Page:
Don’t get me wrong. I’m very happy that these earlier stories are finding literary homes. I don’t think they are “bad” stories, or I wouldn’t have sent them out for consideration. But, if I compare them with where I am today, they are lacking. It’s an odd thing to think about.

Ideally, as our writing life progresses, today’s work is better than yesterday’s, which was better than the day before. It is difficult for the perfectionist to accept this, but sometimes, we just have to let go, move on, and allow our earlier efforts to be mile markers on our road forward.

Sage Cohen, in her book, The Productive Writer, says there is a balance between perfectionism and sloppy indifference. It’s called professionalism: doing the best work we can do today, and knowing that our best work is yet to come. For me, that means celebrating the publication of some “earlier” stories that were important building blocks for improving my work. Cop-Cop Cop is a fun romp through a sci-fi landscape I rarely dwell in. Solomon’s Ditch is a bit mono-tone, like its main character. Most Dead Birds (forthcoming) is a self-contained slice of a much bigger picture. Dudley’s Sacrifice has a different tone than anything I’m currently writing. These are all fine stories, in their own way, even if they don’t represent my work as it stands today.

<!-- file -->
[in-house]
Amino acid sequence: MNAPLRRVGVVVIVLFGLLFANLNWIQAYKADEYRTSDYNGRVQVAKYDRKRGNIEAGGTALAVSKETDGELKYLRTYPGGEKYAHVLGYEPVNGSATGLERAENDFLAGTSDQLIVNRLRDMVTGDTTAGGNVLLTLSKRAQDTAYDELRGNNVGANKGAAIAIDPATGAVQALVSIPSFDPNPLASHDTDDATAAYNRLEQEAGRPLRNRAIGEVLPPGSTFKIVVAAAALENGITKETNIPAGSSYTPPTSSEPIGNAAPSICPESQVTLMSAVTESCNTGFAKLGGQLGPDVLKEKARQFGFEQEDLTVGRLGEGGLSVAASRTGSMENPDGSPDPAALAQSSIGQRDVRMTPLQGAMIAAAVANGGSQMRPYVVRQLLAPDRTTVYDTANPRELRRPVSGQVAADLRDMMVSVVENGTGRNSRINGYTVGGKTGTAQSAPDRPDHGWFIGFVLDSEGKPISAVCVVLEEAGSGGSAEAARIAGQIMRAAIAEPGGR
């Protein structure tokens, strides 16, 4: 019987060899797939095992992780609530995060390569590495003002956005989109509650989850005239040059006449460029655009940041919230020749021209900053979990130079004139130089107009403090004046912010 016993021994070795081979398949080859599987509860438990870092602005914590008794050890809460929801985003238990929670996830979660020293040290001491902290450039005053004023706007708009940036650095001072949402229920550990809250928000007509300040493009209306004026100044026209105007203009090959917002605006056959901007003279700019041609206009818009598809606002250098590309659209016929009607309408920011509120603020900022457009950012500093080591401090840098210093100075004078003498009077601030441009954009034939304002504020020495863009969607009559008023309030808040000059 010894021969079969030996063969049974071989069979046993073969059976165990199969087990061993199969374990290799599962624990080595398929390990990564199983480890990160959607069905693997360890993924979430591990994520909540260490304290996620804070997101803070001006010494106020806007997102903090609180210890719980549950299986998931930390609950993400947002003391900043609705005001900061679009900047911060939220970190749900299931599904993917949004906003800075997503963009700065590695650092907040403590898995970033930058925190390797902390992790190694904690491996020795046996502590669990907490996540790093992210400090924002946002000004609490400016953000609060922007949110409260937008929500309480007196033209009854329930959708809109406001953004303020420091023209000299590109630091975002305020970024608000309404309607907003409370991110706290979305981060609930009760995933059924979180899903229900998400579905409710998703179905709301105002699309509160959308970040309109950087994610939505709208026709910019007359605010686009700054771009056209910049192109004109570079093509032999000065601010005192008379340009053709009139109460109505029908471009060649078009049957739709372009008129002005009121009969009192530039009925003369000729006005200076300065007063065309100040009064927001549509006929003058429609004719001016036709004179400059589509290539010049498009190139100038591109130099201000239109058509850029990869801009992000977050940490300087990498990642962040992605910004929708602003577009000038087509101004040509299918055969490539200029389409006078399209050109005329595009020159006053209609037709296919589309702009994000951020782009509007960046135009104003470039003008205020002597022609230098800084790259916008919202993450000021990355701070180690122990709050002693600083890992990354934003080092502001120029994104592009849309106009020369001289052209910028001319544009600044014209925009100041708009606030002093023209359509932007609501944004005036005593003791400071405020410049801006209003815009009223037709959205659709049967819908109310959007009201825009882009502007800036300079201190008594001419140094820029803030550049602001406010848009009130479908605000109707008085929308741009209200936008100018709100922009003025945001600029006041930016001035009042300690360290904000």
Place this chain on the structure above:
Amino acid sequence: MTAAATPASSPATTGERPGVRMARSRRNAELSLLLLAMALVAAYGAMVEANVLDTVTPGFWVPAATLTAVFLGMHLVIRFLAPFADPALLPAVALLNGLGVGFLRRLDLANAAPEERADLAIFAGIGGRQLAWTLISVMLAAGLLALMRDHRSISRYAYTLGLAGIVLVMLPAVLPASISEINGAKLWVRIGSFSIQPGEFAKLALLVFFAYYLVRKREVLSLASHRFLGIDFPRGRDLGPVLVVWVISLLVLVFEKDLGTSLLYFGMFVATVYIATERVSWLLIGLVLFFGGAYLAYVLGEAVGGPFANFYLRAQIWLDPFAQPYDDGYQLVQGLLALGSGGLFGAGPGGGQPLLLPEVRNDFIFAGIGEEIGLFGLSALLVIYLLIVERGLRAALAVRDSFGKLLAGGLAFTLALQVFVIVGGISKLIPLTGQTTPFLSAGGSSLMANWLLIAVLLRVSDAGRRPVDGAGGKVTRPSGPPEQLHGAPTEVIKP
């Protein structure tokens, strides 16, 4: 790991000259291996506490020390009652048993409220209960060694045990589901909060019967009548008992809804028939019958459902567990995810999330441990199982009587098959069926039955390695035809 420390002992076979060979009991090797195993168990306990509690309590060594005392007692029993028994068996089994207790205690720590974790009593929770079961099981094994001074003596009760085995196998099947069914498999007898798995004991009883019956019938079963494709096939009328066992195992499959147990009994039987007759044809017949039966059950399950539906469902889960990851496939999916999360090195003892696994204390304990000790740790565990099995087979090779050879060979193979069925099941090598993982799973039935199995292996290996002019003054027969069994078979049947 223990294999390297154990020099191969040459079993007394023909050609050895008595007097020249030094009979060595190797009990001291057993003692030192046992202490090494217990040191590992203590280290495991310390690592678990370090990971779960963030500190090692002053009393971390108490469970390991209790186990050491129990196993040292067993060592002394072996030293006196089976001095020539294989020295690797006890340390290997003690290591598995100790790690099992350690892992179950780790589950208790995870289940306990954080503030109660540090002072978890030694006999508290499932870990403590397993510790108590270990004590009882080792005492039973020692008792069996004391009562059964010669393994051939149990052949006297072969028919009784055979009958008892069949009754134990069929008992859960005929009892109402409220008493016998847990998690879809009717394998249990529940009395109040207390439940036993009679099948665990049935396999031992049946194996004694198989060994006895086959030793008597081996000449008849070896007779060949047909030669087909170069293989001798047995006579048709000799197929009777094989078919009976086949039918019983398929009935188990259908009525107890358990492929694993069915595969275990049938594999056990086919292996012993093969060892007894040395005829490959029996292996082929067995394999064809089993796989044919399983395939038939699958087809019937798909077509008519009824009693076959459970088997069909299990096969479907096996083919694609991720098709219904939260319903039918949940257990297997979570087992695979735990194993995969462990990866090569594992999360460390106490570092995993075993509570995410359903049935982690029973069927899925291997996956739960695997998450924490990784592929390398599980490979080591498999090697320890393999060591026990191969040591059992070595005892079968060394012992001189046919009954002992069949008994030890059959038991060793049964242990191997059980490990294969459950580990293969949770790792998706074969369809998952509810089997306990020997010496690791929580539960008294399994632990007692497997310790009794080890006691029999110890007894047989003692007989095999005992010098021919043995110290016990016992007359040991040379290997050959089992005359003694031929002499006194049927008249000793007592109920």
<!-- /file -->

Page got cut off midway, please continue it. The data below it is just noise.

Tuesday blog: The Three Minute Writer #1 – vBlog

Well, here is the first of a new video blog (vBlog) feature here on the Stories I Read, Stories I Tell blog. In episode #1, I take a couple minutes to consider the proper role of the Internal Editor, as I see it.

Check it out…

Three Things to Take Away:

  1. The Internal Editor is an important aspect of who we are as writers, but that editor can sometimes take over and hinder our writing.
  2. Even though it’s hard, for some of us the best thing to do is to put that Editor away while we work on initial drafts.
  3. By putting the Editor away, we are free to let the story go, let the characters speak, let the words surprise us. And it’s okay, because there will be plenty of work for the Editor to do when we begin to revise and refine our work.